The New Greubel Forsey Tourbillon 24 Secondes Architecture — A Bolder Look From The Masters Of Maximalism
Big is back for 2022! But for Greubel Forsey, it never went away, and for good reason. I used the misunderstood term “maximalism” in my headline, sorry. This time, though, I mean it as a compliment of the highest order. Big-cased wrist statements don’t come any better than a GF, even if they remain out of reach for most of us. But dreams are free, right? And the new Greubel Forsey Tourbillon 24 Secondes Architecture will provide plenty of inspiration.
Robert Greubel and Stephen Forsey understand one of the most important aspects of Haute Horlogerie that’s so close to my heart. It’s the reason that their Hand Made 1 is my forever-unattainable grail watch. They are aware of the fact that intricate depths of dial architecture can capture our hearts more than glimmering gems. In the Tourbillon 24 Secondes Architecture, impossible curves and a pirouetting tourbillon aid in doing just that.
The Greubel Forsey Tourbillon 24 Secondes Architecture
If there are any cliché terms in this story like “mindboggling”, “awesome”, or “beguiling”, they are there for good reason. You will, however, never find terms like “everyday” in a Greubel Forsey story. I sampled a few of the strongest Greubel Forsey references last year at Geneva Watch Days and will come clean. I looked less like a serious writer than a teenage fan meeting their rock (or should that be K-Pop?) idols backstage. The first word that comes to mind is one you would not expect — comfort. Despite the fact that any Greubel Forsey watch is unmistakably large, they are wizardly examples of ergonomic design. I have no doubt this applies to the Tourbillon 24 Secondes Architecture as well.
A chat with CEO Antonio Calce
I had a chat with Greubel Forsey CEO Antonio Calce about what this design direction means for the brand, and he told me, “The Tourbillon 24 Secondes Architecture is a natural evolution that embodies all the Greubel Forsey codes, for example, a three-dimensional movement and exceptional hand finishing. This concentration of architecture and creativity is represented by each and every component, such as the curved titanium bridges.”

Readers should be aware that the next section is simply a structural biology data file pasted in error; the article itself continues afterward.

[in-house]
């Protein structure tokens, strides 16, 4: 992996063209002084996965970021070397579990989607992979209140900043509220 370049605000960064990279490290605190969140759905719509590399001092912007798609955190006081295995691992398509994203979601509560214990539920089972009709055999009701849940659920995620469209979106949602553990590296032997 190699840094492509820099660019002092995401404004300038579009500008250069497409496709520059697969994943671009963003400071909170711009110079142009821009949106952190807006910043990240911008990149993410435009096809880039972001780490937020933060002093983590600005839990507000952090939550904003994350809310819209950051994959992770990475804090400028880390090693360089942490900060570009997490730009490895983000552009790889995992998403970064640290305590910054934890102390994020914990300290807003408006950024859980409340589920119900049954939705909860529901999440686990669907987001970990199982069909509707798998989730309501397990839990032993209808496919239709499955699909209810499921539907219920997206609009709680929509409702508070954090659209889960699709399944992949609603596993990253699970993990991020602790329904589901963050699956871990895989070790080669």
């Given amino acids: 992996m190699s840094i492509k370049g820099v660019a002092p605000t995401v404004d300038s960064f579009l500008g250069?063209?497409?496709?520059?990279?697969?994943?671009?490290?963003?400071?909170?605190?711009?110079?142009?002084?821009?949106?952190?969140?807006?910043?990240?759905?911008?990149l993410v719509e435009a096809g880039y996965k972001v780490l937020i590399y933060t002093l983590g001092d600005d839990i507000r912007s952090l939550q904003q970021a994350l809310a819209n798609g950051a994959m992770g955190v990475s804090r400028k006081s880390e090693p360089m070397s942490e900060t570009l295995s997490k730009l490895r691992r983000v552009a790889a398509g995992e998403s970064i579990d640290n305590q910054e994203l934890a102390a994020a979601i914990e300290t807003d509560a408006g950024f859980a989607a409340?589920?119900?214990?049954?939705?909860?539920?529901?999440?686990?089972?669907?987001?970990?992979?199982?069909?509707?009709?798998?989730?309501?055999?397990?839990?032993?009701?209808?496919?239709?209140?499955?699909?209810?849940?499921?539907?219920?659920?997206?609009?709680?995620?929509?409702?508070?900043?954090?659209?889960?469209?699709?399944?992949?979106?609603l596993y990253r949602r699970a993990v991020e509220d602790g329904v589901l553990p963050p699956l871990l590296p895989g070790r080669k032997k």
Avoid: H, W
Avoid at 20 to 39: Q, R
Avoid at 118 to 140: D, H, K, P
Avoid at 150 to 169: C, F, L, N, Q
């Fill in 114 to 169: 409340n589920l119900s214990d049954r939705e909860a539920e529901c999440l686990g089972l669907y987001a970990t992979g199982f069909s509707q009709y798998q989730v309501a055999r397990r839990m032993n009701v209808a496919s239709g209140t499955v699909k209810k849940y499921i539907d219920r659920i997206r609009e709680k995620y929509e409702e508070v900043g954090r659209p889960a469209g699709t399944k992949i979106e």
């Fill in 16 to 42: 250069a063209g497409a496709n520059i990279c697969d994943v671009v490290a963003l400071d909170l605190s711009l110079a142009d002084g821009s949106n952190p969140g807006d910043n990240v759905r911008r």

For me as a watch journalist, GF wears the crown of big-cased horological architecture. But when I asked Calce whether he’d ever join the super-thin game, he responded, “When you look at our latest creations, there is an evolution from our side. Our timepieces are less imposing and thinner, and this is something that we are working on.” So, without revealing any Greubel Forsey secrets, this got me pretty excited, to be honest.
An evolutionary way forward
The way forward, according to Calce, is an evolutionary one: “We will stay focused on a very strong watchmaking approach with exceptional quality to perpetuate the emotions that are driven by our timepieces’ aesthetics, but also on an architectural level with the volume and depth of our calibers.” I also asked Antonio Calce about the philosophy behind the open case-side viewing windows. Calce told me, “When you look in through the left lateral window of the Tourbillon 24 Secondes Architecture, you can see the small seconds, which are fixed on a cylinder with a 360° flank. This also allows us to admire the polished curved titanium bridge emerging from the main plate holding the barrel. If you look at the opening at 6 o’clock, you can enjoy the Tourbillon 24 Secondes inclined at 25°, also held in place by a curved polished titanium bridge.”
First impressions of the strongest kind